Review: ‘Shakespeare’s R&J’ is a ‘transformative experience’

The production of ‘Shakespeare’s R&J’ will run from Nov. 18 through Nov. 20 in the Weiss Theater of Buck Hall. (Photo by Caroline Burns ’22)

Lisa Green , Contributing Writer

For true camaraderie and enthralling action, look no further than the upcoming production of “Shakespeare’s R&J.”

Starting Nov. 18, the theater department will present an innovative and modern twist on a true Shakespearean classic through “Shakespeare’s R&J,” directed by Lizzie Gumula ’22 as a part of her honors thesis. 

After they are forbidden to do so, four boys attending a traditional, all-boys boarding school act out “Romeo and Juliet.” In the process, they grow up and discover vulnerability and connection in each other’s arms. The play takes an introspective look at what it means to perform and how the line between art and reality can blur.

In addition to borrowing dialogue from the original “Romeo and Juliet,” the play also uses content from Shakespeare’s “A Midsummer Night’s Dream” and “Sonnet 18.” This show is unique in that the cast’s friendship feels so authentic. The choreography, props and set design feel very intentional and each actor switches seamlessly between the roles of schoolboy and whichever Shakespearean character he is embodying.

Jefrey Alexander ’23 as Juliet (Photo by Caroline Burns ’22)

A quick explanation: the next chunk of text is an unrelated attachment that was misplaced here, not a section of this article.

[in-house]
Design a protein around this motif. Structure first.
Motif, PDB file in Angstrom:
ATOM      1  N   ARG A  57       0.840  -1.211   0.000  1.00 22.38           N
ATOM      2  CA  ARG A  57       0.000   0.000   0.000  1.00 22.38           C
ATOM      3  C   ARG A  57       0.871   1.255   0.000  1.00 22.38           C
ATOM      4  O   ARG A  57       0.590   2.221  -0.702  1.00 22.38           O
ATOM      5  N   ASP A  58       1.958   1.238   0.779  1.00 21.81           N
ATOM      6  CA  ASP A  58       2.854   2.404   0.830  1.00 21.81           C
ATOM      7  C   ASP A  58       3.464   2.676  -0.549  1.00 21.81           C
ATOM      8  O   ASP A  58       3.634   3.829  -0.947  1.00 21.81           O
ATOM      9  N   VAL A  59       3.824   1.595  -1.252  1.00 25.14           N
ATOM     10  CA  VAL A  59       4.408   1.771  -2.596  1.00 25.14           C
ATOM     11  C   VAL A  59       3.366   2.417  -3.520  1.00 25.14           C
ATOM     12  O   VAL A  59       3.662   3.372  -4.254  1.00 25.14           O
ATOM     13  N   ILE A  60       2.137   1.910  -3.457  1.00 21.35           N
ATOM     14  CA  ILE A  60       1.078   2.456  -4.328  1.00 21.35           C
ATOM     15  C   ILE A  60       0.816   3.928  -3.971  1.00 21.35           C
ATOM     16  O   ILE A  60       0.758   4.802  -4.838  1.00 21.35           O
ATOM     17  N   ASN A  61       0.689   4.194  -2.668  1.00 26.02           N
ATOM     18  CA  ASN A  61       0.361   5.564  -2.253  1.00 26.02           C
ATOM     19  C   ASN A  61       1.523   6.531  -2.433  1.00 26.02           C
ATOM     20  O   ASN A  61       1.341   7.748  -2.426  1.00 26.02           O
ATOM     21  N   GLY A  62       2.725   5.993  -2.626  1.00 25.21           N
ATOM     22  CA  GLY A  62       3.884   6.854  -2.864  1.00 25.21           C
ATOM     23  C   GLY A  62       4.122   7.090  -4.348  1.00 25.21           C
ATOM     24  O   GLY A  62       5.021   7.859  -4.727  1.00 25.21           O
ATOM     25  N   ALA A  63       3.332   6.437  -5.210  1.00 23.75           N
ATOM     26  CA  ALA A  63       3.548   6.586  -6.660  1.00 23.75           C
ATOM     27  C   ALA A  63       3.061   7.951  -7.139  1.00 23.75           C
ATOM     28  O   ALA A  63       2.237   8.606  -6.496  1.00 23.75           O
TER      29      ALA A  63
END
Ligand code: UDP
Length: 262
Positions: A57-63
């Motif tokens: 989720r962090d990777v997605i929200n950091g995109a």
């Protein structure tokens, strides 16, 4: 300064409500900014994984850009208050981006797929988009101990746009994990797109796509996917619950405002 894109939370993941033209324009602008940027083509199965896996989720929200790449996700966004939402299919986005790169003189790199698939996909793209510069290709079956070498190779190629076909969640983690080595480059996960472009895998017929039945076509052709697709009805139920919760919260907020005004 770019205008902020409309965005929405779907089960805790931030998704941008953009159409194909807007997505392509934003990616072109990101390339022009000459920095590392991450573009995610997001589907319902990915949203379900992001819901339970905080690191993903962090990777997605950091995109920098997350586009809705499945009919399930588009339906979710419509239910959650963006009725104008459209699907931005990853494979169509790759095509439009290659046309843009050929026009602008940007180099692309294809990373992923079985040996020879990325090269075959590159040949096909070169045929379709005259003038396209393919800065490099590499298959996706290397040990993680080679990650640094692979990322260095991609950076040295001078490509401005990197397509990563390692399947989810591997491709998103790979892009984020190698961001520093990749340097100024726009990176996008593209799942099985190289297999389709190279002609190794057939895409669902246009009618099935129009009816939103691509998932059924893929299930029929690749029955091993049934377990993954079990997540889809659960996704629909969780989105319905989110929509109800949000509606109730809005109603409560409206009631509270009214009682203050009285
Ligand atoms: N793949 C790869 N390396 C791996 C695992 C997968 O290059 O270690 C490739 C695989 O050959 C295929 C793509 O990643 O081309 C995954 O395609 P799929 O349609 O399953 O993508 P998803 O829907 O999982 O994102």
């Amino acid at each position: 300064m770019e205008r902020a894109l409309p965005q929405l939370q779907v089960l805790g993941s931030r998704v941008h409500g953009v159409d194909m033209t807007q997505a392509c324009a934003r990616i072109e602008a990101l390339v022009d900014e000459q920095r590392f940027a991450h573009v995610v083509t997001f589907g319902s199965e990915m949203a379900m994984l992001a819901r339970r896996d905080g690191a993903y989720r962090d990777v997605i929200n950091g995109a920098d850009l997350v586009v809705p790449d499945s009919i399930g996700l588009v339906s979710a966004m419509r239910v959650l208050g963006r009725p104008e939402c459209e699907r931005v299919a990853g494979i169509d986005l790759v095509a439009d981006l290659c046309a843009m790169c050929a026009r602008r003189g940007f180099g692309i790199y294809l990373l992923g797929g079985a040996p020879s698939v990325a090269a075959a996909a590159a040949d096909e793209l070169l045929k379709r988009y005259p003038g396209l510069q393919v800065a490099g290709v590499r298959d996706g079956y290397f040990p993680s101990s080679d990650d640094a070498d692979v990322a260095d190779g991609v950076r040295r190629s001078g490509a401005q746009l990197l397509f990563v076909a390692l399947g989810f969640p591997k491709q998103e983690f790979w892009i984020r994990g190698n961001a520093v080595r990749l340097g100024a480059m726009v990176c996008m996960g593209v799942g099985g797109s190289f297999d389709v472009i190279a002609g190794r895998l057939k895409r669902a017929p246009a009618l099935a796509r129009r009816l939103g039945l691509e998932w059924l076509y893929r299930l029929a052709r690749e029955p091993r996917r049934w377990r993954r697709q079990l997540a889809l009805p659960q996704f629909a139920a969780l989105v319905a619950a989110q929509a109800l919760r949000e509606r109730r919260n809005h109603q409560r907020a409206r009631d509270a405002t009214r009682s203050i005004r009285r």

Peter Canevari ‘23 and Jefrey Alexander ‘23 play Romeo and Juliet respectively (in addition to Students 1 and 2). Their romantic performances feel very authentic. Both actors go through a full emotional range and play off of each other’s performances beautifully. Each look and gesture felt like very genuine love.

Cormac Hurley ‘24 and Christopher Taverner ‘25 portray the other students, in addition to the nurse/Tybalt/Balthazar and Mercutio/Lady Capulet. Even when they are not the focus of a scene, Hurley and Taverner are engaged in the action and showcase their own compelling story. Elements that really stand out are Hurley’s ability to transform his voice and mannerisms to suit each distinct character and Taverner’s passion in each line.

Scenic Designer Eleanor Williams ’22 thoughtfully executed a set that mirrored the action. A platform is used to indicate where the audience should focus, yet the rest of the stage is shrewdly utilized when the characters need to sneak around.

Each prop is multidimensional. For example, one piece of red fabric is used to represent various weapons, a sheet and a curtain, among other objects. 

In addition, the technical elements of the show are all very purposeful. The lighting, designed by Stephanette Schwartz-Smith and managed by Hayden Fisher ’22, utilizes bright and warm tones for the scenes in the school, and cool and dreamy tones for the scenes that take place in the world of Romeo and Juliet.

Phil Ingle’s sound design features songs adjacent to the era of the Beach Boys. The soundtrack gets increasingly rebellious throughout the show to symbolize the characters’ evolution.

In an interview, Gumula called the show a “transformative experience” in that one can see each

Student performs.
Peter Canevari ’23 as Romeo (Photo by Caroline Burns ’22)

character embark on an impactful emotional journey. Echoing this, the stage combat and choreography feel vivid, real and captivating. Each scene is meaningful and the cast’s chemistry is extremely palpable.

Tickets for “Shakespeare’s R&J” can be purchased on the Lafayette art’s website. In addition, the theater department will offer a related talk titled, “Intersecting Theater & Queer Theory: A Discussion on ‘Shakespeare’s R&J'” on Nov. 15 at 12:15 p.m. in the Gendebien Room of Skillman Library.